KU no stranger to tight games dominating Big 12 play so far this season
Seven games into the Big 12 men’s basketball season, the Kansas Jayhawks, as usual, have established themselves as the team to beat in the conference race.
But there’s not a soul in crimson and blue who believes this thing is over or who is thinking that a record 14th-consecutive Big 12 title is in the bag.
Well, that was on full display for all to see during Saturday’s 70-67 KU victory over Baylor at Allen Fieldhouse.
The Jayhawks survived in yet another down-to-the-wire thriller that has become the norm for the conference through the first 35 games of the 2017-18 Big 12 schedule.
In fact, so far there have been more than twice as many Big 12 games decided by 10 points or less (24) as games decided by 12 points or more (11).
That reality includes as many one-point games (5) as games won by 20 or more and a whopping 25 percent of games (9) decided by one possession.
“This is the Big 12. Nobody’s going away,” said Baylor coach Scott Drew, both praising his team for coming back from an early deficit and lamenting their ability to close late. “They’re 40-minute games. That’s for any of us.”
After falling behind 16-3 and 20-7 in Saturday’s opening eight minutes, the Bears slowly and steadily kept coming. Even after falling behind by 13 again at the start of the second half, the Bears found their footing and eventually built a six-point lead in the final five minutes.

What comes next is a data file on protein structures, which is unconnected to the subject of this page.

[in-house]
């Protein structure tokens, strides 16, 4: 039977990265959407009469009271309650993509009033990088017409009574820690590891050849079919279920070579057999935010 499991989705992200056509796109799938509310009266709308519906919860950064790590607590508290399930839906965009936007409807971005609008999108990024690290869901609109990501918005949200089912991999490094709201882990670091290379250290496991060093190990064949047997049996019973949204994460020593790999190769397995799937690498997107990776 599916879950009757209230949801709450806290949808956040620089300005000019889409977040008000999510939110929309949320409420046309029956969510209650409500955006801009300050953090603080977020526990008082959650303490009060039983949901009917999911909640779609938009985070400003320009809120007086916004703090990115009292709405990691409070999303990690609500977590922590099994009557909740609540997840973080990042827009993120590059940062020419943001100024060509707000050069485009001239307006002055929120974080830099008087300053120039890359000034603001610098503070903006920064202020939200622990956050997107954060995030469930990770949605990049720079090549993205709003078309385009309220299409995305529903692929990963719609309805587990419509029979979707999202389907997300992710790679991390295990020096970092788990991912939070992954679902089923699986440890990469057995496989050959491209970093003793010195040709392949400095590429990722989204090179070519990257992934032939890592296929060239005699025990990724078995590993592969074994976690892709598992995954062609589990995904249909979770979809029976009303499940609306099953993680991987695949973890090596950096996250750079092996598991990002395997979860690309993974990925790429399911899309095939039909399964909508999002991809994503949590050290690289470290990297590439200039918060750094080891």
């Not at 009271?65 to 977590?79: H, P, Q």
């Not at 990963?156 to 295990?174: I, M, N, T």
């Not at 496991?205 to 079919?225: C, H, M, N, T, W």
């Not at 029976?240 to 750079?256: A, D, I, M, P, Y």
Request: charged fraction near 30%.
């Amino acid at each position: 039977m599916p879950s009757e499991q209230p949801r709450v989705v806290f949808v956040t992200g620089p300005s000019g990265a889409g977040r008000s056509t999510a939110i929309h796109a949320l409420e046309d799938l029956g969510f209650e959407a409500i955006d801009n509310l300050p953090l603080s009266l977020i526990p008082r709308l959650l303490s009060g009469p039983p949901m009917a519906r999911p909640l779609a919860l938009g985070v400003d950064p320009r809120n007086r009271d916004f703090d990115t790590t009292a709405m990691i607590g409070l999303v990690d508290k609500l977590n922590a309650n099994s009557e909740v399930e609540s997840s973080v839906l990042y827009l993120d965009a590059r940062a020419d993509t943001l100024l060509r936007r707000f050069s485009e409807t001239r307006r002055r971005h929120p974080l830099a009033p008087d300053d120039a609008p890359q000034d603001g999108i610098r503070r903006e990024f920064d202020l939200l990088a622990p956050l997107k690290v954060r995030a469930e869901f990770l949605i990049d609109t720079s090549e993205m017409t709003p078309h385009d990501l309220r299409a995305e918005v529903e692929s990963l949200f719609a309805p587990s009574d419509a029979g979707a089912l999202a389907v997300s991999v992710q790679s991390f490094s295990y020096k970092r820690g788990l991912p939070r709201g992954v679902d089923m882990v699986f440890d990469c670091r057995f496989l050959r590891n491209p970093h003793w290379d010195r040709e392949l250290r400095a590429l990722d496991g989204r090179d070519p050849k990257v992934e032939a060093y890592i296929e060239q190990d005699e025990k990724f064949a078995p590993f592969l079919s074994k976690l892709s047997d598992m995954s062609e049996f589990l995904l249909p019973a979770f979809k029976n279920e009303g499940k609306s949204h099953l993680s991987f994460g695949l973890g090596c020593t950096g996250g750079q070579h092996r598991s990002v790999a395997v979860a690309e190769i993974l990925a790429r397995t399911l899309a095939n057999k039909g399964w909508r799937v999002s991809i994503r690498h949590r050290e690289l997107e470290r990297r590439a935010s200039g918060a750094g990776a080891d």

“I thought it was another typical Big 12 game,” Drew said. “It comes down to one possession and Kansas did a better job getting to the free throw line late in the game. To me, that was the difference.”
While KU’s clutch free throw shooting late helped the Jayhawks prevail, a big reason for the Bears’ comeback was the presence of one key factor that has been present in so many close games between Big 12 teams thus far — KU let up.
“I think we just got a little complacent, relaxed defensively and kind of got out of it for a little bit,” said KU senior Devonte’ Graham.
The offensive hero of KU’s win whole-heartedly agreed with his teammate and pointed to human nature as the reason for KU’s desire to tap the brakes.
“Coach told us, ‘Don’t relax, keep our foot on the gas because anybody’s capable of going on runs,'” recalled Newman, who scored 24 points, including 12 straight in the final four minutes. “But it’s very hard. Because if we didn’t take our foot off the gas the outcome could’ve been different in a positive way. When you look up at the board and it’s 25-7 or something like that, you kind of get comfortable and get loosey-goosey and that’s when things go wrong for you. It’s kind of like a reality check.”
Not that the Jayhawks needed it. Playing in these types of test-the-old-ticker games is not exactly something new for Self’s squads.
In the last three seasons, counting this year’s 3-0 mark, the Jayhawks are 9-1 in one-possession games. Take that back a couple more seasons and KU (16-3 overall, 6-1 Big 12) now has won 13 of its last 17 games decided by three points or fewer.
Next up, the Jayhawks head south to Norman, Oklahoma, on Tuesday, where they will face the Sooners and freshman sensation Trae Young.
Don’t be surprised if that one, like so many other KU and Big 12 games already, comes down to the final possession. The Sooners (14-4, 4-3) already have played in three one-possession games this season, with a 2-1 mark in those games.